To significantly reduce the number of Government test requirements, the joint Air Force/Industry team has formulated a total of 27 complimentary recommendations surrounding the test process. These improvements are estimated to save in excess of 40 percent of Government test time without compromising test objectives. This paper describes the development of these training device acceptance test improvements and the status/results of their implementation.

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12th I/ITSC-1990: Simnet Fighter Aircraft Application

Year: 1991

Authors: Brian Rogers, Clarence Stephens, Alan Oatman

Abstract: This paper describes the preliminary investigation defining problems of expanding realtime simulation of fighter aircraft to a distributed simulation network. The 12th Interservice/Industry Training Systems Conference was selected as the test site to prove the concept. I/ITSC provided an arena for linking simulators from several manufacturers and laboratories. Six fighter aircraft simulators participated in the network along with a simulated ground control intercept (GCI) station and semi-automated forces providing threat aircraft.

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Training Analysis - Panacea or Placebo? the UK Royal Air Force Experience

Year: 1991

Author: R Prothero

Abstract:

In the mid-80s, the need for structured analyses of training needs prior to military training system acquisition became generally accepted. In 1988, the UK Ministry of Defence endorsed a policy statement that made it mandatory for the RAF to conduct a Training Analysis (TA), or Training Needs Analysis (TNA), for all future equipment projects.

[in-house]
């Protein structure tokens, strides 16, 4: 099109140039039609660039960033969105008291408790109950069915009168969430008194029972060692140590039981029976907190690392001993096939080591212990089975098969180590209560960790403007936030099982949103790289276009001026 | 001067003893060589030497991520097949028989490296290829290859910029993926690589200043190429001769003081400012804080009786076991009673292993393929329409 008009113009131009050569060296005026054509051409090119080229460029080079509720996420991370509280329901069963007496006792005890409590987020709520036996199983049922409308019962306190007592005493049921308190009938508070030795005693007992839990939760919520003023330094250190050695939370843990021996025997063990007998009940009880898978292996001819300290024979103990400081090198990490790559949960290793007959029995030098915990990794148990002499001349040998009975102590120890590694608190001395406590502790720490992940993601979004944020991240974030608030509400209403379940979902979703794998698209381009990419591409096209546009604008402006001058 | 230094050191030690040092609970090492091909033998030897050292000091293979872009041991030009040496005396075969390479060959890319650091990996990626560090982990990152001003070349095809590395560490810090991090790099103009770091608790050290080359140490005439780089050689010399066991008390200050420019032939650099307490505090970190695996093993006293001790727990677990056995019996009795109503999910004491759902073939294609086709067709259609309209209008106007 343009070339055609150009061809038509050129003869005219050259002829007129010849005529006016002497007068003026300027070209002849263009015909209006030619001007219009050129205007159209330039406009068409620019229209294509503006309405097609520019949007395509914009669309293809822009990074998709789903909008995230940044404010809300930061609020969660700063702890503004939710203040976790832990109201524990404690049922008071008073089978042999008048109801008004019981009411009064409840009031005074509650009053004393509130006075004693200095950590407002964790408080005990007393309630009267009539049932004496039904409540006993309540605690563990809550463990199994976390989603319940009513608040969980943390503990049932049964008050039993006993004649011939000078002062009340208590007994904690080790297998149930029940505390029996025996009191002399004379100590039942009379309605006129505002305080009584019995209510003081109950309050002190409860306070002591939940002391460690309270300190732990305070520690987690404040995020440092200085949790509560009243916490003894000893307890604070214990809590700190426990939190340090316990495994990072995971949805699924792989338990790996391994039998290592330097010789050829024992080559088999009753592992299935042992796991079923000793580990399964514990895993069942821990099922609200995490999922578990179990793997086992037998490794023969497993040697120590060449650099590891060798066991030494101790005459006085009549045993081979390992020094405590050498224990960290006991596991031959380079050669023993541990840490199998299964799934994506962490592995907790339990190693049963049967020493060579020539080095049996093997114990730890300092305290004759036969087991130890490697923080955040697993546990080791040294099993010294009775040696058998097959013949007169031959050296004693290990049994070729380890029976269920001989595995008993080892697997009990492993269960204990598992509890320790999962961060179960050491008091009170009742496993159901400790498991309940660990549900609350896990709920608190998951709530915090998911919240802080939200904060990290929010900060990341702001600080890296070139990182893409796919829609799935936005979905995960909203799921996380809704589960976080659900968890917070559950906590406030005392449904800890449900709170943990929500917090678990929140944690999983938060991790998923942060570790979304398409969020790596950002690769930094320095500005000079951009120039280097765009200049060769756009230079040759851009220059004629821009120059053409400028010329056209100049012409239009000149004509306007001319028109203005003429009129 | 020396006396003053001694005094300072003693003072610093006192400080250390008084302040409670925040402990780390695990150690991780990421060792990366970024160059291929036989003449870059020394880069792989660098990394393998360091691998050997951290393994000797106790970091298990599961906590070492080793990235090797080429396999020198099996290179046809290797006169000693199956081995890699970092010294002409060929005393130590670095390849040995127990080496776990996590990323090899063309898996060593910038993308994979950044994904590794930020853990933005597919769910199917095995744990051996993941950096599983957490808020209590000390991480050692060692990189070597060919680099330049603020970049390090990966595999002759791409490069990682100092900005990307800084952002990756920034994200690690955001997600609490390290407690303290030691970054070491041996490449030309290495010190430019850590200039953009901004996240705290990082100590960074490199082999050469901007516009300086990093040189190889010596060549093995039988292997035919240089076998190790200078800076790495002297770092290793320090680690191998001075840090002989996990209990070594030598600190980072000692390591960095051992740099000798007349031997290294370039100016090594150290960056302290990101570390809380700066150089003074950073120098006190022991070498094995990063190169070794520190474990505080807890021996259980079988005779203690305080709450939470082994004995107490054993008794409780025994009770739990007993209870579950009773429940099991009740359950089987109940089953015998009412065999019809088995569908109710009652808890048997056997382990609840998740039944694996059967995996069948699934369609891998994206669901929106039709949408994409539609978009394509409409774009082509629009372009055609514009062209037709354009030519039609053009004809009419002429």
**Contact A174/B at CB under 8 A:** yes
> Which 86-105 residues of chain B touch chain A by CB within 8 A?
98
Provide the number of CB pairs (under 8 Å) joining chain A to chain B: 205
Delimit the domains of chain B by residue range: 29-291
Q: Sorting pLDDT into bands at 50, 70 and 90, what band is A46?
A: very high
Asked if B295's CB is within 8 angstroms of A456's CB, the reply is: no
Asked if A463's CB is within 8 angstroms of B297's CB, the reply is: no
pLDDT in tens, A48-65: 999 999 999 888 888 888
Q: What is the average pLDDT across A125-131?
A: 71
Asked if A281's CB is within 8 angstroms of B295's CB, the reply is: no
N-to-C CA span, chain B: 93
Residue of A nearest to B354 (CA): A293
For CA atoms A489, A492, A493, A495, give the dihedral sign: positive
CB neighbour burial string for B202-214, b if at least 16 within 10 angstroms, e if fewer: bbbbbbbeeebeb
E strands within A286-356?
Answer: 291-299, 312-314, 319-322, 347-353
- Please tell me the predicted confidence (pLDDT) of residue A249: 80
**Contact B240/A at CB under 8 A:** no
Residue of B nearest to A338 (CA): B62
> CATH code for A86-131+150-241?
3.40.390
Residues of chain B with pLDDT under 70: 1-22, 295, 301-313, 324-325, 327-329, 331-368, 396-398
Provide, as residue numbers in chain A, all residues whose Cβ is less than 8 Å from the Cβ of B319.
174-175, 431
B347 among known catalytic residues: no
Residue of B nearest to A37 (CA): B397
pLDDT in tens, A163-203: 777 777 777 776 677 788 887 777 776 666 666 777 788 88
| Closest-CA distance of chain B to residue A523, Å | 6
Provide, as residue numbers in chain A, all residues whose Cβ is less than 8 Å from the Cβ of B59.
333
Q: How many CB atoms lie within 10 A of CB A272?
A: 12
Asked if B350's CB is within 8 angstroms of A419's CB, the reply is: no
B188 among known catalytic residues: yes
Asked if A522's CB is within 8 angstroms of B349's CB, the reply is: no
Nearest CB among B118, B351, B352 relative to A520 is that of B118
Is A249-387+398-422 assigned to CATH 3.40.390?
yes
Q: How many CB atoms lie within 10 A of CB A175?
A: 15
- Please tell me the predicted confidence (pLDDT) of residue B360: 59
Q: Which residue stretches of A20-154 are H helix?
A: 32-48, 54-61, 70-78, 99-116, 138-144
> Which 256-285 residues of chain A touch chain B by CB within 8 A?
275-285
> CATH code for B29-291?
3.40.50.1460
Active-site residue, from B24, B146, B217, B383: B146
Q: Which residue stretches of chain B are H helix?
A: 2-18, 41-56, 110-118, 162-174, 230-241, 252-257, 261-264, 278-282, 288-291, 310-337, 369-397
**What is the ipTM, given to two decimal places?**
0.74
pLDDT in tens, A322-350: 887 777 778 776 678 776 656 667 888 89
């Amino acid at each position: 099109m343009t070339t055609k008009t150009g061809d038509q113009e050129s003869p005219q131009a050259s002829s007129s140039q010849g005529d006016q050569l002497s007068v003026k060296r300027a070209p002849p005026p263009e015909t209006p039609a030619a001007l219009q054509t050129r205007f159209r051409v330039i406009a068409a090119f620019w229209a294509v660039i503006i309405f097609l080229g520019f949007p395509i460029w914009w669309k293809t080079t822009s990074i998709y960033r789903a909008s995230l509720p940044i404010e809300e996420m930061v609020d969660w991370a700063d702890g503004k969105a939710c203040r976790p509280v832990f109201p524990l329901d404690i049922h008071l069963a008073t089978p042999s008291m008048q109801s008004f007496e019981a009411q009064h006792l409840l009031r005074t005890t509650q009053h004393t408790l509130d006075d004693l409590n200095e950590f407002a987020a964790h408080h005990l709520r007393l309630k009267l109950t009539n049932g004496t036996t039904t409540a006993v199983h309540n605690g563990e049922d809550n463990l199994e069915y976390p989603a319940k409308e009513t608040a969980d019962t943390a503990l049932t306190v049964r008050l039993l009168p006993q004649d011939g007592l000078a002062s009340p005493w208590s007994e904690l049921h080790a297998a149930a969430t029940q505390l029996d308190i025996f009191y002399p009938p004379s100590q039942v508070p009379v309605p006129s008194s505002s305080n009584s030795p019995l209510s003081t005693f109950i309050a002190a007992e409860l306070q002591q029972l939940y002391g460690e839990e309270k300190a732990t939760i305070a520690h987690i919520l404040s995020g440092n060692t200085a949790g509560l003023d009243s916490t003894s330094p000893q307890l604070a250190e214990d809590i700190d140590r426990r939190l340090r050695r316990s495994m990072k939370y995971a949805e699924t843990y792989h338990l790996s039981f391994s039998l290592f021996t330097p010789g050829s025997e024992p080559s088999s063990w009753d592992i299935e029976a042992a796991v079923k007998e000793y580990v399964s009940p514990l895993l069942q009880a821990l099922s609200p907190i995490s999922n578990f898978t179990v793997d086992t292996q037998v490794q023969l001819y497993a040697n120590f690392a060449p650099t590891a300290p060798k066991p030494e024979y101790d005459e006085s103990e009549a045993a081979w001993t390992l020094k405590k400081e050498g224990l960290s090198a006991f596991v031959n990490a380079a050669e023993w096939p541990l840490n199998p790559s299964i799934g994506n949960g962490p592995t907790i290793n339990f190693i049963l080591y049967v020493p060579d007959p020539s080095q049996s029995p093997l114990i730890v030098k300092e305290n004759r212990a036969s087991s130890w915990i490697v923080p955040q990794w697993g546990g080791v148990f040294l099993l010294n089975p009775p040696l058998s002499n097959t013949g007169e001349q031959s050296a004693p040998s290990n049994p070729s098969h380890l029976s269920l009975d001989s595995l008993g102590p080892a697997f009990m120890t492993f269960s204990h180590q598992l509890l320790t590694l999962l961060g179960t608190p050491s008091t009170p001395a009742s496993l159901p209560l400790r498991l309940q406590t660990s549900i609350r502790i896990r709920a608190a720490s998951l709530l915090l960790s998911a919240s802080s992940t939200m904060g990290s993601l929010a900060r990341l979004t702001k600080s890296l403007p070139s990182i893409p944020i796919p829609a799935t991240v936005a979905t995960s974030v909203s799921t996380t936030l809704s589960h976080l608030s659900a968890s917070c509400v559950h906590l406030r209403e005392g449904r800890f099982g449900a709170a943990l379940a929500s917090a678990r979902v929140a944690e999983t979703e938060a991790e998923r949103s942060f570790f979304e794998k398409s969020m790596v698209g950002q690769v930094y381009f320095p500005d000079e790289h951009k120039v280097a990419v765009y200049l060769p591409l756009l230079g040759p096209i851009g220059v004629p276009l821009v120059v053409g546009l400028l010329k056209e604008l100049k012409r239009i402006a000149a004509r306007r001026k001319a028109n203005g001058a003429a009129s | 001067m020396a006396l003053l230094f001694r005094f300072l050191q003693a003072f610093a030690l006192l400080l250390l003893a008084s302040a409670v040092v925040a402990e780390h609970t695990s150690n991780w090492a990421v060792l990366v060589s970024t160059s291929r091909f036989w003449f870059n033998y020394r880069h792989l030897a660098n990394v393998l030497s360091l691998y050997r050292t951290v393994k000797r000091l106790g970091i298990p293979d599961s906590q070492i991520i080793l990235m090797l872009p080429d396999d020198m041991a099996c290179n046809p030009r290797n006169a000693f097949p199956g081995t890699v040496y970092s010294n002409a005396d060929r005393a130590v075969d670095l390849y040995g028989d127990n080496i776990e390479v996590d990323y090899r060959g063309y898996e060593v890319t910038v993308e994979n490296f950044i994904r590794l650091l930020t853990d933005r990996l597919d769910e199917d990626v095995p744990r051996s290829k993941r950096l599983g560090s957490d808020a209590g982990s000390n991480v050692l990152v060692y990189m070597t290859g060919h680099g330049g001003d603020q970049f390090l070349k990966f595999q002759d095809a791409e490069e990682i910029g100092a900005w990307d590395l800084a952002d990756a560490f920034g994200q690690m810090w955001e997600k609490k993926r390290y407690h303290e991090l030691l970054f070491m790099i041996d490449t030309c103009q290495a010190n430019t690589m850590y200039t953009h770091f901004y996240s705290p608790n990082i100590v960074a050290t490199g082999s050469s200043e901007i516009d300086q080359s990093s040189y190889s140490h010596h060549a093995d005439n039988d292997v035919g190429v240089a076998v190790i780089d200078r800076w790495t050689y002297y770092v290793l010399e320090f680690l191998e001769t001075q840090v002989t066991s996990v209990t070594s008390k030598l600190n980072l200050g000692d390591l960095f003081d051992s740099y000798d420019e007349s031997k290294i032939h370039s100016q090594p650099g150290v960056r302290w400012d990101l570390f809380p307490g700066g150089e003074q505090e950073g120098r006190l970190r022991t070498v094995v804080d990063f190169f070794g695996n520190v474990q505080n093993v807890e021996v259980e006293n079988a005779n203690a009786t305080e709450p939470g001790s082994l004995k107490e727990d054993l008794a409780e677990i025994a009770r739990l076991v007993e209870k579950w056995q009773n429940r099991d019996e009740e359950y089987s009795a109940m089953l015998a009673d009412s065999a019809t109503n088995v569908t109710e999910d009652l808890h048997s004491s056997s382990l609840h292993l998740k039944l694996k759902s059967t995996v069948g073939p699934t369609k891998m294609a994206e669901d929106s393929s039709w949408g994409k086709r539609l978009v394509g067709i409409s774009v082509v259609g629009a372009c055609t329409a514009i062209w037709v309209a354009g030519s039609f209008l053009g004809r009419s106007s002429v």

Based on the apparent success of TAs conducted for other Forces, the RAF expected a great deal from the early studies set in hand. These included studies of the training needs for the EFA, the Tornado (Night Attack Variant), the Sea King helicopter, the Hawk and Jetstream visual system requirements, and a CBT project. Two of these TAs were let out to two contractors at the same time so the results could be compared.

Having received the results of all but one of the studies, it is apparent that none actually provides the Staffs with what was expected - a clear statement of the training organisation and strategy needed (where appropriate), and the training devices required to meet the training needs identified.

The reasons for this vary, some of the root causes are complex, but neither industry nor the RAF were at fault - what was lacking was case experience. However, the studies were not totally wasted. This paper will examine each of the TAs to extract the lessons learnt. Based on the Authors experience, it is believed that TAs are better conducted by non-military agencies under most circumstances, and it is essential that contactors have clear and agreed Terms of Reference for the studies. It is also essential for the military to provide full time Subject Matter Experts (SME) for major studies, and for the military training management to maintain a continuous overview of the progress of the study in relation to project assumptions. In addition, regardless of formal contract timescales, it must be accepted that it is better to accept a contract overrun without penalty, or take an iterative approach to the study, and get it right, rather than get it wrong.